Oil prices should fall, possibly hard, in coming weeks. That is because fundamentals do not support the present price.
Prices should fall to around $30 once the empty nature of an OPEC-plus-Russia production freeze is understood. A return to the grim reality of over-supply and the weakness of the world economy could push prices well into the $20s.
A Production Freeze Will Not Reduce The Supply Surplus
An OPEC-plus-Russia production cut would be a great step toward re-establishing oil-market balance. I believe that will happen later in 2016 but is not on the table today.
In late February, Saudi oil minister Ali Al-Naimi stated categorically, “There is no sense in wasting our time in seeking production cuts. That will not happen.”
Instead, Russia and Saudi Arabia have apparently agreed to a production freeze. This is meaningless theater but it helped lift oil prices 37 percent from just more than $26 in mid-February to almost $36 per barrel last week. That is a lot of added revenue for Saudi Arabia and Russia but it will do nothing to balance the over-supplied world oil market. Related: Big Oil Eyes Upcoming Auction In Iran
The problem is that neither Saudi Arabia nor Russia has greatly increased production since the oil-price collapse began in 2014 (Figure 1). A freeze by those countries, therefore, will only ensure that the supply surplus will not get worse because of them. It is, moreover, doubtful that Saudi Arabia or Russia have the spare capacity to increase production much beyond present levels making the proposal of a freeze cynical rather than helpful.
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Figure 1. Incremental liquids production since January 2014 by the United States plus Canada, Iraq, Saudi Arabia and Russia. Source: EIA & Labyrinth Consulting Services, Inc. (click image to enlarge)
Saudi Arabia and Russia are two of the world’s largest oil-producing countries. Yet in January 2016, Saudi liquids output was only ~110,000 bpd more than in January 2014 and Russia was actually producing ~50,000 bpd less than in January 2014. The present world production surplus is more than 2 mmbpd.
By contrast, the U.S. plus Canada are producing ~1.9 mmbpd more than in January 2014 and Iraq’s crude oil production has increased ~1.7 mmbpd. Also, Iran has potential to increase its production by as much as ~1 mmbpd during 2016. Yet, none of these countries have agreed to the production freeze. Iran, in fact, called the idea “ridiculous.”
Growing Storage Means Lower Oil Prices
U.S. crude oil stocks increased by a remarkable 10.4 mmb in the week ending February 26, the largest addition since early April 2015. That brought inventories to an astonishing 162 mmb more than the 2010-2014 average and 74 mmb above the bloated levels of 2015 (Figure 2).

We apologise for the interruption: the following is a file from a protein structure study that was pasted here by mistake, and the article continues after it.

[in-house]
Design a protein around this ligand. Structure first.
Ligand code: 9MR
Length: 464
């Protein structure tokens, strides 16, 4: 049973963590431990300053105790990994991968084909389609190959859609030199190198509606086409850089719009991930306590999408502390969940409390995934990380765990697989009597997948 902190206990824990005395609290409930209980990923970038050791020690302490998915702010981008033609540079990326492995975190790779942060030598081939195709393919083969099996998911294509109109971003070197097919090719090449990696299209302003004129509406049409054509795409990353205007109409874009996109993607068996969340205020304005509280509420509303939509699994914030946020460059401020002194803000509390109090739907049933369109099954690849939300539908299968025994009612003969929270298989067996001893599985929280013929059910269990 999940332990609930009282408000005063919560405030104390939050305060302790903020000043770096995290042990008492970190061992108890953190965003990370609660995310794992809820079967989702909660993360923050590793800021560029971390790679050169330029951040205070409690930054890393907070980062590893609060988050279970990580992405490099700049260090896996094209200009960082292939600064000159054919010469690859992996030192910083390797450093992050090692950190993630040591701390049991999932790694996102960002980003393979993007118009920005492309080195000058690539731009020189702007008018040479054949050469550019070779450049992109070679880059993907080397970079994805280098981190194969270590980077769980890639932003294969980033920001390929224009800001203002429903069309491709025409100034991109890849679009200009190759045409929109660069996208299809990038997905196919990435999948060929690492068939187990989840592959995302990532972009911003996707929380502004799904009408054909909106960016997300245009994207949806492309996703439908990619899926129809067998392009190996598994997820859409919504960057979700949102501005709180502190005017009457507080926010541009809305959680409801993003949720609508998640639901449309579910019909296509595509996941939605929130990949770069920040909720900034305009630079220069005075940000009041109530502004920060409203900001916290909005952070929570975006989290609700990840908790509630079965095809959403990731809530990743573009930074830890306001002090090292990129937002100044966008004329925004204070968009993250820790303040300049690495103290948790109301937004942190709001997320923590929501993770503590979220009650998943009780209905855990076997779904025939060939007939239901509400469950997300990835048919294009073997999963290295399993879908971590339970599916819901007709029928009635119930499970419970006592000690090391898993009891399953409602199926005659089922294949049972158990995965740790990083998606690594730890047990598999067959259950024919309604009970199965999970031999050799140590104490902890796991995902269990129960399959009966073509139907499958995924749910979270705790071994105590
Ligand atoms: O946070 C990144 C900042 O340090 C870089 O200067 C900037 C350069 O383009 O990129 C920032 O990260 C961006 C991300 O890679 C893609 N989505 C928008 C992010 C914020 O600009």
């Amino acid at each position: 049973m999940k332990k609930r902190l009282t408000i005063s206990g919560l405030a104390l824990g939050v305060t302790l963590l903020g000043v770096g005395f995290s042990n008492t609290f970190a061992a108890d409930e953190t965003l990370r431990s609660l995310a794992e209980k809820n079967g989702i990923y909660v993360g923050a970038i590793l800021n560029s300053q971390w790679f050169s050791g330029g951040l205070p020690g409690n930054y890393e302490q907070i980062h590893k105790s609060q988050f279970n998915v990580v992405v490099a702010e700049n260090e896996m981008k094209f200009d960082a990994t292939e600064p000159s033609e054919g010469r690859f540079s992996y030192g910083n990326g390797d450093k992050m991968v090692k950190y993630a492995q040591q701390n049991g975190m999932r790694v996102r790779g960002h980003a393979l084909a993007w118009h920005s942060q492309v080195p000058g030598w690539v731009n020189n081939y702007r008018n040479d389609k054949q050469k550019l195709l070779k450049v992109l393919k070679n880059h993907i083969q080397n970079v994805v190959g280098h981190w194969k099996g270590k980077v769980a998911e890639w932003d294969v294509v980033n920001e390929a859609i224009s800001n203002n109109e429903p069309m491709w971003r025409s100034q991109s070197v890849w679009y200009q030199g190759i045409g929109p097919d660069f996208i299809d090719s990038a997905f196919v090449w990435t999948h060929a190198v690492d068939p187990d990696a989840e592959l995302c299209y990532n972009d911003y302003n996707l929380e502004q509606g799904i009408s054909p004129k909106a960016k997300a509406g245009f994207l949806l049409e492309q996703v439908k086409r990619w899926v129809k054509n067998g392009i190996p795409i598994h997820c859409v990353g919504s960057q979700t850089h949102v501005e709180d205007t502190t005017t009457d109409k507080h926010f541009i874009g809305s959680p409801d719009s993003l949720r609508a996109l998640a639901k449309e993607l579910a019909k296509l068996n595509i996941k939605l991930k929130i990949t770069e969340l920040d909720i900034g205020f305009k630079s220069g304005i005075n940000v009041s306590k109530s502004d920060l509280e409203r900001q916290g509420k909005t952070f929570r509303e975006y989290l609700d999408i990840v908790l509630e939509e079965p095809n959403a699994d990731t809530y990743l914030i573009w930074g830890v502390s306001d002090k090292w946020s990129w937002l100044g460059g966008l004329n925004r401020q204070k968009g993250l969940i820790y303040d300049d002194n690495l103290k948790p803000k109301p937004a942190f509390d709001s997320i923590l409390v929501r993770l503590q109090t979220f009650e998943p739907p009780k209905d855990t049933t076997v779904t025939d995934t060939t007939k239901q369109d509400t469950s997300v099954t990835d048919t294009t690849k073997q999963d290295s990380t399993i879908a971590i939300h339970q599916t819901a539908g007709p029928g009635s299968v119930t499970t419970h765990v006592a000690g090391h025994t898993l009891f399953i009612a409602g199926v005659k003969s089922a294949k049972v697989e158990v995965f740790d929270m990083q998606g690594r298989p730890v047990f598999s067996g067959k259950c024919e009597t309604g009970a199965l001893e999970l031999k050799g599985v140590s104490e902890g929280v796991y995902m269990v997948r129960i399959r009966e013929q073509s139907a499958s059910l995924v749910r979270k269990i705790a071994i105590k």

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Figure 2. U.S. crude oil stocks. Source: EIA and Labyrinth Consulting Services, Inc. (click image to enlarge)
The correlation between U.S. crude oil stocks and world oil prices is strong. Tank farms at Cushing, Oklahoma (PADD 2) and storage facilities in the Gulf Coast region (PADD 3) account for almost 70 percent of total U.S. storage and are critical in WTI price formation. When storage exceeds about 80 percent of capacity, oil prices generally fall hard. Current Cushing storage is at 91 percent of capacity, the Gulf Coast is at 87 percent and combined, they are at a whopping 88 percent of capacity (Figure 3).
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Figure 3. Cushing and Gulf Coast crude oil storage. Source: EIA and Labyrinth Consulting Services, Inc. (click image to enlarge)
Prices have fallen hard in step with growing storage throughout 2015 and early 2016. Since talk of a production freeze first surfaced, however, intoxicated investors have ignored storage builds and traders are testing new thresholds before they fall again. Related: Climate Action Could Save $250 Billion Per Year In 2030
The truth is that prices will not increase sustainably until storage volumes fall, and that cannot happen until U.S. production declines by about 1 mmbpd.
Despite extreme reductions in rig count and catastrophic financial losses by E&P companies, production decline has been painfully slow. The latest data from EIA indicates that February 2016 production will fall approximately 100,000 bpd compared to January (Figure 4).
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Figure 4. U.S. crude oil production and forecast. Source: EIA STEO, EIA This Week In Petroleum, and Labyrinth Consulting Services, Inc. (click image to enlarge)